As certified and home-saved seed deliveries ramp up, growers are being urged to select a cereal seed dressing with the right disease control strengths for the relevant threats.

Single purpose dressings – widely referred to as SPDs – have been used to control seed, soil and trash-borne disease for many years, helping growers optimise crop establishment and yield.

However, the name given to SPDs is slightly misleading, as many control more than one disease, but there are subtle differences between actives, pointed out Certis' seed treatment expert, Tim Eaton. He added that this was something growers should be aware of when ordering in seed, or having their own seed dressed by a contractor, to ensure they are getting the right protections for their farm’s specific risks.

“Quite often, a grower will simply specify the same or similar to what they had the previous year with little scrutiny as to what product or products are used, and that is not always the right choice,” he added.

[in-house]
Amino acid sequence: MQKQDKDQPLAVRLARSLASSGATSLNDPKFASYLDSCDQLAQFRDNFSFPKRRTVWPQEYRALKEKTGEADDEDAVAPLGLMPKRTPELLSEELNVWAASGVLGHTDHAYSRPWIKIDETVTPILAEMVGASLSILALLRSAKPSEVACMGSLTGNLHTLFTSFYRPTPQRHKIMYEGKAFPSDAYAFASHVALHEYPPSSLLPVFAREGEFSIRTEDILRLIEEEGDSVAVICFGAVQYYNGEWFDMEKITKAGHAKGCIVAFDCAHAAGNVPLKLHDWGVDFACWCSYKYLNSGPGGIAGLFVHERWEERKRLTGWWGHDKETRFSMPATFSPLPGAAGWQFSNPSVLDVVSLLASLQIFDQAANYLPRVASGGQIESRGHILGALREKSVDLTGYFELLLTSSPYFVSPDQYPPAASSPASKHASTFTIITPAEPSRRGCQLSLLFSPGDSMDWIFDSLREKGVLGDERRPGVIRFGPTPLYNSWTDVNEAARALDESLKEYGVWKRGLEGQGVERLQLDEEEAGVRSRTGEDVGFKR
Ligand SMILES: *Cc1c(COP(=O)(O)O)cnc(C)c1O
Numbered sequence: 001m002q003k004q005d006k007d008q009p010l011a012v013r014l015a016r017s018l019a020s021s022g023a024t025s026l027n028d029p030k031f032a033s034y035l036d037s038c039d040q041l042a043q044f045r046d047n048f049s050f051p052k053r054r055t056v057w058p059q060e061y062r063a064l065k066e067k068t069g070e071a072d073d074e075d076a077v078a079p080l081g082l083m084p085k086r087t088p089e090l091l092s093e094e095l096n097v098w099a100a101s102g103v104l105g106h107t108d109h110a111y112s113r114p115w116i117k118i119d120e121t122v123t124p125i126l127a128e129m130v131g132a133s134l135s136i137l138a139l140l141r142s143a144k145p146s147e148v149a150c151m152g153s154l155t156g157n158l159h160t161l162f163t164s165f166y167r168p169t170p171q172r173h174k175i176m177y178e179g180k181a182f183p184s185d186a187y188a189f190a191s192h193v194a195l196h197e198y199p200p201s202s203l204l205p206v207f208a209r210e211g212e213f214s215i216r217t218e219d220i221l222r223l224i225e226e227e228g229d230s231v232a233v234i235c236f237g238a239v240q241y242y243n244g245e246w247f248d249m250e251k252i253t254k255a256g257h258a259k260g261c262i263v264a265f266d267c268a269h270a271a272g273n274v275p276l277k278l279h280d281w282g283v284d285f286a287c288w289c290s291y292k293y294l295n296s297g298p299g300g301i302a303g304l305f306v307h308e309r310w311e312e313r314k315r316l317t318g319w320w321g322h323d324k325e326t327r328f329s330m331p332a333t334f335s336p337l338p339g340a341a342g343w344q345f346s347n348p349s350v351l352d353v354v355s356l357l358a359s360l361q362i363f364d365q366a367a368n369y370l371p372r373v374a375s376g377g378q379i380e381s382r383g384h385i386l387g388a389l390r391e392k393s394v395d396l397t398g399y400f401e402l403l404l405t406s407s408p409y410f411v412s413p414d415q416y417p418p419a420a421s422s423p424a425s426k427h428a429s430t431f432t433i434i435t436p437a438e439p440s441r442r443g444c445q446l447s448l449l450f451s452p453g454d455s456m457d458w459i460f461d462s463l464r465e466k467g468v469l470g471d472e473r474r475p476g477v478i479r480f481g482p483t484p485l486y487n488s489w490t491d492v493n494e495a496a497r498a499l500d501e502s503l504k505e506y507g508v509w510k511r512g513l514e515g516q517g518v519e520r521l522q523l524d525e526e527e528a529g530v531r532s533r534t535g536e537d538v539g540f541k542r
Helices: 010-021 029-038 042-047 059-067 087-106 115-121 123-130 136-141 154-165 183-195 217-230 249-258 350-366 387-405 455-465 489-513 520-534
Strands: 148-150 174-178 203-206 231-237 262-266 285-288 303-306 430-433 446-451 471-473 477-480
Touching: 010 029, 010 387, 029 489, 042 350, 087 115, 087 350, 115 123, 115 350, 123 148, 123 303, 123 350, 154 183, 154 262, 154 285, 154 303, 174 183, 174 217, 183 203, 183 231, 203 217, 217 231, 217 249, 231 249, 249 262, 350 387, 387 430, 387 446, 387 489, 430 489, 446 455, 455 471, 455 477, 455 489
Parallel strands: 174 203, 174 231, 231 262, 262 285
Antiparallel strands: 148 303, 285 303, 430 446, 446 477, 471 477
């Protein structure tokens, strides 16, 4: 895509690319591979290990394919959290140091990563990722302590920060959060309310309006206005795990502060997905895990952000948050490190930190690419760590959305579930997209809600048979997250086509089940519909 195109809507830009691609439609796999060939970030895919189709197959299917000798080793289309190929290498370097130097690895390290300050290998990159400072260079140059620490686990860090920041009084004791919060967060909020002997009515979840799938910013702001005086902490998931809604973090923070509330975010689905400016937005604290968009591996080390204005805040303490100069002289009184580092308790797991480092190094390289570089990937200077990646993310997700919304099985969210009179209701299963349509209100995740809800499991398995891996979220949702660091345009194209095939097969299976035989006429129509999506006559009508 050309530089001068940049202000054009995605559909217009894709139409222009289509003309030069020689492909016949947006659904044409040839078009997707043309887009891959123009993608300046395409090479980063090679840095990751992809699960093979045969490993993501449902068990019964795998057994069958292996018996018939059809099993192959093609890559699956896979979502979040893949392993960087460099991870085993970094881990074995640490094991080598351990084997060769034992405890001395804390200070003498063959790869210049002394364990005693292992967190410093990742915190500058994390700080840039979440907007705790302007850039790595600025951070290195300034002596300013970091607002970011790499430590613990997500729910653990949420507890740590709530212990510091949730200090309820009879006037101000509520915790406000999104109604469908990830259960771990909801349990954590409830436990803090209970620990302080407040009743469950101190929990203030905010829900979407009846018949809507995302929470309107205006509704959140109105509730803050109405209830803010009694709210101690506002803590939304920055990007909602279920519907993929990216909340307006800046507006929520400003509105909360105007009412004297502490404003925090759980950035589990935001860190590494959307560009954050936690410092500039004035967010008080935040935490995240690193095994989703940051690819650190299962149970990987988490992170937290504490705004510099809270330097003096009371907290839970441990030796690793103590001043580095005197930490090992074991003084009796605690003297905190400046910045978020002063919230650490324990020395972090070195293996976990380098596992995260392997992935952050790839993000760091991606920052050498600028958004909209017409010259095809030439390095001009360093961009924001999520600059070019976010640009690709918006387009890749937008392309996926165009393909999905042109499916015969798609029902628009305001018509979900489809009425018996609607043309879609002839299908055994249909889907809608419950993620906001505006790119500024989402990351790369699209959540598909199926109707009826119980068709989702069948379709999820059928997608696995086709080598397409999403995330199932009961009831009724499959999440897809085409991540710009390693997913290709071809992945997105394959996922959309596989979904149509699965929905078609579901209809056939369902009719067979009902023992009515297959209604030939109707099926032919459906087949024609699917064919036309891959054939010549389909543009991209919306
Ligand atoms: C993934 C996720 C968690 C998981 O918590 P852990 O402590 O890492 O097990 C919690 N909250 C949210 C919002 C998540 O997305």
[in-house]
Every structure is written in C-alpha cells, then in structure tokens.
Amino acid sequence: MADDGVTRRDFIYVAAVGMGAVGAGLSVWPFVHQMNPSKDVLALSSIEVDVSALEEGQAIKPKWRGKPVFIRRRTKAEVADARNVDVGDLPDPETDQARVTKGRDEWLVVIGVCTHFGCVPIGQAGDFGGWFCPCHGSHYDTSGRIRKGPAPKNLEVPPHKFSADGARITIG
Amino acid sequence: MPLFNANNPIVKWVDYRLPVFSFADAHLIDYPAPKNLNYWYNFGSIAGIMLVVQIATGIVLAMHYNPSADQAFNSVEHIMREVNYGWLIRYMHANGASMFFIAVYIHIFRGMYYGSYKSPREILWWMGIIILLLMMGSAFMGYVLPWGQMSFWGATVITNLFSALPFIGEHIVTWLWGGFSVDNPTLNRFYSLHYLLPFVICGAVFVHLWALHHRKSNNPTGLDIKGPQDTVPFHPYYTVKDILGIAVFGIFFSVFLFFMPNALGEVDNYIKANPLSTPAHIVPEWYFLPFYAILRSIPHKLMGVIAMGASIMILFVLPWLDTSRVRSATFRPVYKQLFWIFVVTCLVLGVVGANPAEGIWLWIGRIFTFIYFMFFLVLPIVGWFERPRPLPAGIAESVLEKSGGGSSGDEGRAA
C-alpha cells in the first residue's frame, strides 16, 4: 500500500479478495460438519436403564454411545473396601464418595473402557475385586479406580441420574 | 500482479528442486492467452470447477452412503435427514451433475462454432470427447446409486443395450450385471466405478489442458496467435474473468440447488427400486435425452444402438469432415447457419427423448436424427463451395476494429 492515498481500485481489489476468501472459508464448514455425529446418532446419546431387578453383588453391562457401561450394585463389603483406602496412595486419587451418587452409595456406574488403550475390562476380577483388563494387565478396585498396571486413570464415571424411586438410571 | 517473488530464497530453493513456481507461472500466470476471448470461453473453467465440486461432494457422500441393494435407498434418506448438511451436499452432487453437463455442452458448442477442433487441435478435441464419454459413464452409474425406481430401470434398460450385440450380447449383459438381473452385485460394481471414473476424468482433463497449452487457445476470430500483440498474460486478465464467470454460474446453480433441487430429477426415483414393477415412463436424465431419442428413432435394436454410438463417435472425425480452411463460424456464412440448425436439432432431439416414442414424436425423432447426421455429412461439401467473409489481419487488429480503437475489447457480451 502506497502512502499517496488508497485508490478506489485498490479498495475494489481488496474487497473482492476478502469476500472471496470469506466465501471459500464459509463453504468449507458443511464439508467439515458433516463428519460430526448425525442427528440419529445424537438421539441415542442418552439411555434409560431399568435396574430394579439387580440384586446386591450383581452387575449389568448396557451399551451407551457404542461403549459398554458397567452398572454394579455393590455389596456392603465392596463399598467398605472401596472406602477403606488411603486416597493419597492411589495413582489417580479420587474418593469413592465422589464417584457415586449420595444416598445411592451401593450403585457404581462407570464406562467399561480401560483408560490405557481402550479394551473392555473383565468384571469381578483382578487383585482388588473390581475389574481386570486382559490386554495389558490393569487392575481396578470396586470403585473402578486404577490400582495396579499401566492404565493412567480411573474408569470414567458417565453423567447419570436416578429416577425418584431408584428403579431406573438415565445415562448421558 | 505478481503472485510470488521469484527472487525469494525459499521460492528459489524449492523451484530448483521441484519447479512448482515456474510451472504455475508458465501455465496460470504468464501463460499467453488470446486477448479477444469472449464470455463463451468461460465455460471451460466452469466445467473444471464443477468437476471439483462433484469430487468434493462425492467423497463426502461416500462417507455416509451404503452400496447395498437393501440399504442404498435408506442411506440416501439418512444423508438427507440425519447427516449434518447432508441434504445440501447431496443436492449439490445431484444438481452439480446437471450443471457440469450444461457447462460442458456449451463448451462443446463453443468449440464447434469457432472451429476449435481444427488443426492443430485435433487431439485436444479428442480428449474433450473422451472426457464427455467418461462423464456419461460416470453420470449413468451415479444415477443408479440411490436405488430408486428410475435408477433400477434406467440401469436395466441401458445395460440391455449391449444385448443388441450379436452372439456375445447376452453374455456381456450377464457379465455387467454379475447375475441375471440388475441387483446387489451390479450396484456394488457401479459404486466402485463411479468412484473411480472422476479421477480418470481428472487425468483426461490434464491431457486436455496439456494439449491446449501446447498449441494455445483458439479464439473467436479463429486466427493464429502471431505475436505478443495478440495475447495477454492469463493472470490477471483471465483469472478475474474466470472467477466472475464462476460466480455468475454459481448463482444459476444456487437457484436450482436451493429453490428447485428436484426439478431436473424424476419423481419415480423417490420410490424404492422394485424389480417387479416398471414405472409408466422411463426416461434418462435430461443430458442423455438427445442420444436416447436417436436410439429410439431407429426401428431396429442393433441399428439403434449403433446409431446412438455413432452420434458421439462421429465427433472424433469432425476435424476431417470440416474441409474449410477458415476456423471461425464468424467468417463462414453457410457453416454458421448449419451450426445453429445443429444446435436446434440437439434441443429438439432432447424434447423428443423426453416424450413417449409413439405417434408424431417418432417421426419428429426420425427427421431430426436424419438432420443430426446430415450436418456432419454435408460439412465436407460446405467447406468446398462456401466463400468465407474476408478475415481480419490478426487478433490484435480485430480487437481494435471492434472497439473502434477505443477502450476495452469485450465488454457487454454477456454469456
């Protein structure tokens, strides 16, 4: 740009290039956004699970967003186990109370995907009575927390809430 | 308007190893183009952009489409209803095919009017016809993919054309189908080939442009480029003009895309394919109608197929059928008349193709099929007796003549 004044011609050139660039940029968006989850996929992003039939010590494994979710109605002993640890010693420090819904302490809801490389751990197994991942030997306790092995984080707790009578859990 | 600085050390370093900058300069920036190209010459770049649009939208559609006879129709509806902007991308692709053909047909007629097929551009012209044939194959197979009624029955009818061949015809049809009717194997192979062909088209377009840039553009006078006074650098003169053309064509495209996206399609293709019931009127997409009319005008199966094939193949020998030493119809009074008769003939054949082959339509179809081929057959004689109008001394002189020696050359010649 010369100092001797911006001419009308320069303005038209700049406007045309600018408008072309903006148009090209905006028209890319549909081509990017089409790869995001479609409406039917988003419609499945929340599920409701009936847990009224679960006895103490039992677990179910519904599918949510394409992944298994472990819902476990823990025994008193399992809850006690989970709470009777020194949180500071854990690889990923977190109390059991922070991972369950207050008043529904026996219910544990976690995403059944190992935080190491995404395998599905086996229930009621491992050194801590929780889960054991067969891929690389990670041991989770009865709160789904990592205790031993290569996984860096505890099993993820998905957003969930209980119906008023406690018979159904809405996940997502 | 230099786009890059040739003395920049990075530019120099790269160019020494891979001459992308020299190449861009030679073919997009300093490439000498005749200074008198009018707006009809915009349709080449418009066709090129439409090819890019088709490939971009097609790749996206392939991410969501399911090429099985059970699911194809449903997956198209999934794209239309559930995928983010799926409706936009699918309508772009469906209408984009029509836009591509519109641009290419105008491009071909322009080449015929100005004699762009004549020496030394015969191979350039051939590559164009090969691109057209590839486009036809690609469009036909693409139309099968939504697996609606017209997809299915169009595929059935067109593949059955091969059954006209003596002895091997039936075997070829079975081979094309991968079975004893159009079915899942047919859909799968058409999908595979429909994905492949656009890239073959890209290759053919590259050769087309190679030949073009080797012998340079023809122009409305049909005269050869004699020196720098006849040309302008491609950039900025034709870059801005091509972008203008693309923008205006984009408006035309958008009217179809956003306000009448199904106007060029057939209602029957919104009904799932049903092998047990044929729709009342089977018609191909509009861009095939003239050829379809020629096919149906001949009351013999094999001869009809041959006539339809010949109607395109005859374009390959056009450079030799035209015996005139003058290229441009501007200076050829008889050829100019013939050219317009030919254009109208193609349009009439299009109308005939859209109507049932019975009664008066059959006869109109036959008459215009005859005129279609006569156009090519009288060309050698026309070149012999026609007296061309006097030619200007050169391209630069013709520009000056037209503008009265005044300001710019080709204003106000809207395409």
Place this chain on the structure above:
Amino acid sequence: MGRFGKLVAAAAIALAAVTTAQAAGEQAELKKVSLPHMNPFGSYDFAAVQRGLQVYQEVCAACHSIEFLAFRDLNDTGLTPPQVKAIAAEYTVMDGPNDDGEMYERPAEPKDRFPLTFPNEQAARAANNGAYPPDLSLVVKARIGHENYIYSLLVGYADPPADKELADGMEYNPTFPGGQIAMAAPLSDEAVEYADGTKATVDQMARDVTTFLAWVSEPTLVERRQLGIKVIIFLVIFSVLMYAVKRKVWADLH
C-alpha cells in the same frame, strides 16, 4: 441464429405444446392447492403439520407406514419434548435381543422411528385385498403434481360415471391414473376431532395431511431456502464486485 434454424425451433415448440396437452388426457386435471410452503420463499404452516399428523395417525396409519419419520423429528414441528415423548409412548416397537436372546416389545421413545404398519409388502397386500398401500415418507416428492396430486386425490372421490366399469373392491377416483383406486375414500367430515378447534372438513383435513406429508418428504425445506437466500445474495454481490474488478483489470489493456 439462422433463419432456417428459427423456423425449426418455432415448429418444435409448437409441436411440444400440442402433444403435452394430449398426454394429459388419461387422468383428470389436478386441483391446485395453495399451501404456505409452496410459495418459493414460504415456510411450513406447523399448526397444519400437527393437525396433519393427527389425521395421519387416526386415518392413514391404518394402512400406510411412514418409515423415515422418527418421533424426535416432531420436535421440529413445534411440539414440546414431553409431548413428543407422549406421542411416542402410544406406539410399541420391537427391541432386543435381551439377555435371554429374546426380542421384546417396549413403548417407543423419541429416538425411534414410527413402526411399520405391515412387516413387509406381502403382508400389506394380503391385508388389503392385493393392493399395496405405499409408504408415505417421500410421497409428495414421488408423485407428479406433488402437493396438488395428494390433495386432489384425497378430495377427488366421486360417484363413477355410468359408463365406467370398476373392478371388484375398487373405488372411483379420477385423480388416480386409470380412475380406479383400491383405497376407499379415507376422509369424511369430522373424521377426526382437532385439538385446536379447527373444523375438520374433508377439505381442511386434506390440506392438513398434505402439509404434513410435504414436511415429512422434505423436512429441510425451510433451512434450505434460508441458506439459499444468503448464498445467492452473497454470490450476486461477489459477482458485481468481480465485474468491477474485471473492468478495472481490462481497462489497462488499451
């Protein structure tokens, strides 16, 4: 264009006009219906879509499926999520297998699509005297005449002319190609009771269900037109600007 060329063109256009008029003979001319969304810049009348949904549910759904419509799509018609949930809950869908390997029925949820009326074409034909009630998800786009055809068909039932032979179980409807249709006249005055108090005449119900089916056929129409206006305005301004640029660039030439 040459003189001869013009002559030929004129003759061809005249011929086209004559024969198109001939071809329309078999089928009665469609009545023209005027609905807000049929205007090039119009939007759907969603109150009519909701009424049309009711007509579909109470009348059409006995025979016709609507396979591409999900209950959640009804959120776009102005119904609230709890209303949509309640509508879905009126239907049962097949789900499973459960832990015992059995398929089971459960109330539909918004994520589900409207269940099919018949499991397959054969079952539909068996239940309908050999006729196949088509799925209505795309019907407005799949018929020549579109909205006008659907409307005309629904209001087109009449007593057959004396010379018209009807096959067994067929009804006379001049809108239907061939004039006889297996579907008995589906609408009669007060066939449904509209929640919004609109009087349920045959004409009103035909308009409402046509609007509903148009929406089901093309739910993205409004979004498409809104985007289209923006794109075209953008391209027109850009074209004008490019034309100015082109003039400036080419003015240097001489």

For example, fludioxonil is a standard option in several seed treatments and gives good control of a range of seed- and soil-borne wheat diseases. It is particularly strong on fusarium, so is essential in situations where this is prevalent such as wheat after maize, he said.

Read more: Trials give a warning over using untreated seed

Adding a second active alongside fludioxonil may bring more robust protection against other diseases, with difenoconazole particularly strong against bunt. In barley, the best option is to combine fludioxonil with tebuconazole in a product like Fountain, as the tebuconazole element adds some additional activity against loose smut.

“If planning to home save seed, it’s very important all your seed-borne disease risks are covered or they may cause problems in subsequent generations,” said Mr Eaton.

Further to SPDs, added value treatments should also be a consideration for problems like take-all, controlled by Latitude (silthiofam), and pest problems like wireworm and wheat bulb fly, with damage minimised by pyrethroid insecticide cypermethrin.